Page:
All posts by One Guys Opinion

Dr. Frank Swietek is Associate Professor of History at the University of Dallas, where he is regarded as a particularly tough grader. He has been the film critic of the University News since 1988, and has discussed movies on air at KRLD-AM (Dallas) and KOMO-AM (Seattle). He is also the Founding President of the Dallas-Fort Worth Film Critics' Association, a group of print and broadcast journalists covering film in the Metroplex area, and was a charter member of the Society of Texas Film Critics. Dr. Swietek is a member of the Online Film Critics Society (OFCS). He was instrumental in the creation of the Lone Star Awards, which, through the efforts of the Dallas-Fort Worth Regional Film Commission, give recognition annually to the best feature films and television programs produced in Texas.

BEYOND THE MAT






This documentary by Barry Blaustein is like a love letter to
professional wrestling, and particularly to Vince McMahon and
the World Wrestling Federation. Soft, repetitive to a fault,
and narrated by its maker in tones of wistful awe that seem
totally inappropriate to its subject, “Beyond the Mat” tells
very little that’s consequential and not much we didn’t already
know, apart from the fact that Mr. Blaustein, a comedy writer
who’s worked for “Saturday Night Live” and co-scripted several
Eddie Murphy films, looks upon the “sport” that’s entranced
him since childhood without a hint of ironic detachment. That’s
pretty amazing, given the awful press the WWF has received of
late.

The picture is structured as a tale of three wrestlers–
retiring veteran Terry Funk, exhuberant family man Mick Foley,
and tormented over-the-hill legend Jake Roberts. Footage of
the three, and interviews with them, are intercut throughout,
and Blaustein tries to piece it all together in a vague
chronological scheme, with the bits linked by his adoring
narration. The wrestlers seem like interesting characters:
Funk resembles a good-natured version of Pat Buchanan and
Foley a chubbier, bearded version of Richard Masur (whose
voice he even shares), while Roberts, a crack addict troubled
by his strained family ties, exudes a remarkable mixture of
pride and self-loathing. All are (perhaps surprisingly)
articulate fellows, and the picture certainly humanizes them.

But Blaustein’s treatment never goes much beyond the obvious,
and his portrayal of the business itself has all the earmarks
of an “approved” recitation. “Beyond the Mat” also needs
stronger editing than that provided by Jeff Werner, who allows
many sequences to ramble on far too long and failed to impose
impose a guiding thread on the episodic material.

“Beyond the Mat” was clearly a labor of love for Blaustein, but
it’s unlikely many viewers will respond to it with similar
affection.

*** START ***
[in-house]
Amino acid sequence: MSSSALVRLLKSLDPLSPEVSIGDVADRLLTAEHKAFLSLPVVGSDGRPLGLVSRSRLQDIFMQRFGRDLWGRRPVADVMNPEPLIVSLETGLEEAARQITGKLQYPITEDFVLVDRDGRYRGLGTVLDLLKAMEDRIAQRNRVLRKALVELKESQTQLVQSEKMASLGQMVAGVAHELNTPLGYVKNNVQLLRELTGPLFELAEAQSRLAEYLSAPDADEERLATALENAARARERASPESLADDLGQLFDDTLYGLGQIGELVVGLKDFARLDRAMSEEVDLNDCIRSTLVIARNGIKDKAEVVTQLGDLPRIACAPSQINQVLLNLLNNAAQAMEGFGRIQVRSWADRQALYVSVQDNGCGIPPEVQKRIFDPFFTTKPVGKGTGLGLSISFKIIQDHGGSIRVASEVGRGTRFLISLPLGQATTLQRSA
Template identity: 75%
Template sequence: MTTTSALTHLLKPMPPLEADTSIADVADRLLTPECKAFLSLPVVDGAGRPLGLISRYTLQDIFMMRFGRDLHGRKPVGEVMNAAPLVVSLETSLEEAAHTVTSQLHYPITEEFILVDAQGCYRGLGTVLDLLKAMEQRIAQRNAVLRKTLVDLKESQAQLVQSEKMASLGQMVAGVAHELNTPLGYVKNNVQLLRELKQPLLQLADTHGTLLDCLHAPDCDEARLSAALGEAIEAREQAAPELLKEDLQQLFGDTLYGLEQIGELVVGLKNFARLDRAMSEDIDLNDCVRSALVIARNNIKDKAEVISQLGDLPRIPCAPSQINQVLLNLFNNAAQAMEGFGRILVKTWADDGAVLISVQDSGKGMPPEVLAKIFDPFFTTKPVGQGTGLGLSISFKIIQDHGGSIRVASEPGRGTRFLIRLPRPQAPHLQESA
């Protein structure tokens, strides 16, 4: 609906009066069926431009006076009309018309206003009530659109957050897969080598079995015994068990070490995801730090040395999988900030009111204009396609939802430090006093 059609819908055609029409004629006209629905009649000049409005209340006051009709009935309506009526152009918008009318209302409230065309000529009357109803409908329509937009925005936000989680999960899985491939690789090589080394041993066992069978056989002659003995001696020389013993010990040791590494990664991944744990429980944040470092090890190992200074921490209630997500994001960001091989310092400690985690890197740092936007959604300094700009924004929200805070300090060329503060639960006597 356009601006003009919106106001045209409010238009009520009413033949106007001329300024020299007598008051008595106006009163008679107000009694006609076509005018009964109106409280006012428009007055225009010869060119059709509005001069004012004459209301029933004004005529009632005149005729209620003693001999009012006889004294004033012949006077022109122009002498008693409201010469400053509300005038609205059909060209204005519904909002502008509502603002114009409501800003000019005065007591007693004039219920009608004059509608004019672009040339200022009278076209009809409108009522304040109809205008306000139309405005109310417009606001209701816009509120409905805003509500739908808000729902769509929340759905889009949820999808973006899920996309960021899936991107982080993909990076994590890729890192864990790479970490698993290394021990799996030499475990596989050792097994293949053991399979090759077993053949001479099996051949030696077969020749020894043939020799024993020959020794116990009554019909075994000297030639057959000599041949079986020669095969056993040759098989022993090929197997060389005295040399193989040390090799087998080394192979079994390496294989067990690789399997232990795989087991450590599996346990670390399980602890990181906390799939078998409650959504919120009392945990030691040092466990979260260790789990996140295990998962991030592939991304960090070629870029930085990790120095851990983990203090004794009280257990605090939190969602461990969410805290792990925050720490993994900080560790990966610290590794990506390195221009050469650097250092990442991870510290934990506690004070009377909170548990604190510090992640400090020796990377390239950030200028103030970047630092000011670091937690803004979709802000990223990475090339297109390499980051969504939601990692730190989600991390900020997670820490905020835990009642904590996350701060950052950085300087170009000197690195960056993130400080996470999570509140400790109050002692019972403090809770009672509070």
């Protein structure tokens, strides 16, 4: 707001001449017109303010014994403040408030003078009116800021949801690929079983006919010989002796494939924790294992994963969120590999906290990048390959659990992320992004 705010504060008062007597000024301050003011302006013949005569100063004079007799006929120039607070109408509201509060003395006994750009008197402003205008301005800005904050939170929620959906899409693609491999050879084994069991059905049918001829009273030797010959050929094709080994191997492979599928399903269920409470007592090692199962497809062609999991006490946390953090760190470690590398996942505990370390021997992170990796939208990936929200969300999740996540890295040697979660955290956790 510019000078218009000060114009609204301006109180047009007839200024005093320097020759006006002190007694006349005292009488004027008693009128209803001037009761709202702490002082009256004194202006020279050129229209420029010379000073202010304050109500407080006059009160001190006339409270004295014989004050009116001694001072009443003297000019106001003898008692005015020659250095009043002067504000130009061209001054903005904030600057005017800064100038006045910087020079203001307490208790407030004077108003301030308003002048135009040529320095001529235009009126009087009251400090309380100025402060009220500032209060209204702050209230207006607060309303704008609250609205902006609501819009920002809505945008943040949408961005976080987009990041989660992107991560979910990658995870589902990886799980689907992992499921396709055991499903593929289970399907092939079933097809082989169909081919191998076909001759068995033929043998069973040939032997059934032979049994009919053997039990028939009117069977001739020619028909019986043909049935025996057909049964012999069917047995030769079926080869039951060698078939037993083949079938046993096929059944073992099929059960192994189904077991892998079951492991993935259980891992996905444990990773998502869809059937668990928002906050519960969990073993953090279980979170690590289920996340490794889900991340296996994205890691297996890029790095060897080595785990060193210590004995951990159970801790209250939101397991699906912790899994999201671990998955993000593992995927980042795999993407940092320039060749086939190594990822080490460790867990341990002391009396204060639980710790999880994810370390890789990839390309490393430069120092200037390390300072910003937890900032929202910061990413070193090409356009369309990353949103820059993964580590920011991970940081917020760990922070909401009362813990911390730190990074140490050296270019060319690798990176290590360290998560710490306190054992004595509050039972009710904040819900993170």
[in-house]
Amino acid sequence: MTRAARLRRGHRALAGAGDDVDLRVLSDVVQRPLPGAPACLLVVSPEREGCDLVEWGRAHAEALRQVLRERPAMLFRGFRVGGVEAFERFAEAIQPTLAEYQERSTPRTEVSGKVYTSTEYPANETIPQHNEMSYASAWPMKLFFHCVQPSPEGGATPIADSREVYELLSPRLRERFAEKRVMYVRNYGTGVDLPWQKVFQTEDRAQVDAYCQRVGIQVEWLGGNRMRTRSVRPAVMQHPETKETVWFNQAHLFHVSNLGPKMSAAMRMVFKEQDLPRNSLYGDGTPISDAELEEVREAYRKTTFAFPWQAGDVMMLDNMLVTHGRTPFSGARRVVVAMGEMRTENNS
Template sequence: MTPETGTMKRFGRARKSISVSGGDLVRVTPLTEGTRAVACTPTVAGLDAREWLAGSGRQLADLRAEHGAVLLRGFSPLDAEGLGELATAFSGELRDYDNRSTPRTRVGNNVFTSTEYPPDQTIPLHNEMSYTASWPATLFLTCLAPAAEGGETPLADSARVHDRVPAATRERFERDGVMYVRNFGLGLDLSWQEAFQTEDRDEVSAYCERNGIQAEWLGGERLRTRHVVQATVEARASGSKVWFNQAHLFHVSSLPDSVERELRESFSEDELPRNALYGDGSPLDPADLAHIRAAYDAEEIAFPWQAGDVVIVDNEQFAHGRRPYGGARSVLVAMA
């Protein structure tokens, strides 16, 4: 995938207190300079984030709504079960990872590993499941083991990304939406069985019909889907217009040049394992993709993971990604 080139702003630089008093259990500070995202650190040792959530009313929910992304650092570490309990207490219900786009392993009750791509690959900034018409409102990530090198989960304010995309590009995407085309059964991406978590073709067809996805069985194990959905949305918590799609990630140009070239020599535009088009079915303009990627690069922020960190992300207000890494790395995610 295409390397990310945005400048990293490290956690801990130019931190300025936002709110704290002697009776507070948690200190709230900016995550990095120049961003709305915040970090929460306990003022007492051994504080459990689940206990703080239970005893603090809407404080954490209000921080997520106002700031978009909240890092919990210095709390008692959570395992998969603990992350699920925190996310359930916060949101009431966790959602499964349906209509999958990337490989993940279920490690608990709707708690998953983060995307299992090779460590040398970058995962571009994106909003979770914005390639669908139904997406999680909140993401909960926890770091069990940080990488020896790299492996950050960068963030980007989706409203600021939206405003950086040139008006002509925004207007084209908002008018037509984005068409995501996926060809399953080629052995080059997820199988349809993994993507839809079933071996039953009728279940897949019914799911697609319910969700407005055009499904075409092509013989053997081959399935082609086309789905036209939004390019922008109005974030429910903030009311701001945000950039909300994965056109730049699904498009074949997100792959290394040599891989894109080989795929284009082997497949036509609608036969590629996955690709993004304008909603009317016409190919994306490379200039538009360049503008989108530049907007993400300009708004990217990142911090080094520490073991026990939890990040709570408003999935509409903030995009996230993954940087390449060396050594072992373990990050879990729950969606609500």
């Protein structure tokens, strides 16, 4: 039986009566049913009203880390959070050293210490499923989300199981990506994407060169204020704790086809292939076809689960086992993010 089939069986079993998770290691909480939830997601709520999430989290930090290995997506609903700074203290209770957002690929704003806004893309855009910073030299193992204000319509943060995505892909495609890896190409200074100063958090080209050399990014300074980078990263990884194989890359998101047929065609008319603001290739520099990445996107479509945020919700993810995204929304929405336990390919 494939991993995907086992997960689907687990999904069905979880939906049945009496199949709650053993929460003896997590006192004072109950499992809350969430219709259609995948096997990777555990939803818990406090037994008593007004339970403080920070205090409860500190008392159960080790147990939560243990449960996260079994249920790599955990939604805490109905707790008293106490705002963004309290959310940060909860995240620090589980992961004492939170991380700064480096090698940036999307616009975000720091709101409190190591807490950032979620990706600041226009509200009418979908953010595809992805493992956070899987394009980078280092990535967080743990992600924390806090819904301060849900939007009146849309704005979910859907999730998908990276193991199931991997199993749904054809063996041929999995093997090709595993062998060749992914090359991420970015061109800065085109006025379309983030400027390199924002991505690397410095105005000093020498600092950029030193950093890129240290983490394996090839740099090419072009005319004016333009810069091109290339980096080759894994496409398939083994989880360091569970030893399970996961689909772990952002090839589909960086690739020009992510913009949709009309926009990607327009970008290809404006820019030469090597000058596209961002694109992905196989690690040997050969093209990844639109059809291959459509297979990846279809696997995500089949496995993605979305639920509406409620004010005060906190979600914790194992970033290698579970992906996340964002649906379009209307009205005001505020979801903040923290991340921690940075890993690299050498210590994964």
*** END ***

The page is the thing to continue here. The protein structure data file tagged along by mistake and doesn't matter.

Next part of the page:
GHOST DOG: THE WAY OF THE SAMURAI






I’ve never been much enamoured of the films of Jim Jarmusch,
which have always seemed to me both precious and pretentious–
the 1995 debacle “Dead Man,” with its funereal pacing and
pointless plotting, was a particular chore to sit through. But
his new effort comes as quite a delightful surprise, a
characteristically deliberate but singularly amusing shaggy-
dog tale about a martial arts expert steeped in the ethos of
the samurai, who, through pure chance, has become indebted to
Louie, a member of the old Mafia (John Tormey). Ghost Dog, as
the enigmatic guy calls himself, serves Louie as an anonymous
but very proficient hitman, until in one job he kills made man
Handsome Frank (Richard Portnow), leading the mob bosses to
demand that the assassin himself be rubbed out. This brings
the hero into open war with the whole organization, which
puts his contact Louie in a difficult situation.

Jarmusch’s picture includes some action (in which, it must be
admitted, Whitaker doesn’t come across as especially proficient),
but its strength lies not in the plot, which is frankly absurd
and uninteresting, but in the oddball characterizations and
unlikely relationships which the writer-director fashions
within it. Ghost Dog’s friendship with a Haitian ice-cream
salesman (Isaach de Bankole), for example, is both warm and
humorous, and the tie between him and Louie is equally
intriguing. The Mafia characters, moreover, are portrayed as
amusingly over-the-hill, and with pros like Cliff Gorman and
Henry Silva playing them, and making brilliant use of pauses,
silences and looks of gloomy incredulity in the process, they
come across as ridiculous icons of a bygone era.

Splendid work from character actors and occasional nuggets of
gemlike dialogue aren’t enough, of course, to make “Ghost Dog”
work completely. As is true of all Jarmusch’s pictures, the
direction is still flaccid, and there are times when its
combination of gangster parody, eastern mysticism and laid-back
western irony seems merely affected.

But in this instance the eccentric creator’s efforts are
successful more often than not. “Ghost Dog: The Way of the
Samurai” is a peculiar piece, to be sure, but here the
peculiarity seems fresh and amusing rather than forced and
tiresome. It’s far from a perfect picture, but if approached
with a degree of tolerance its deadpan humor should generate
quite a few smiles.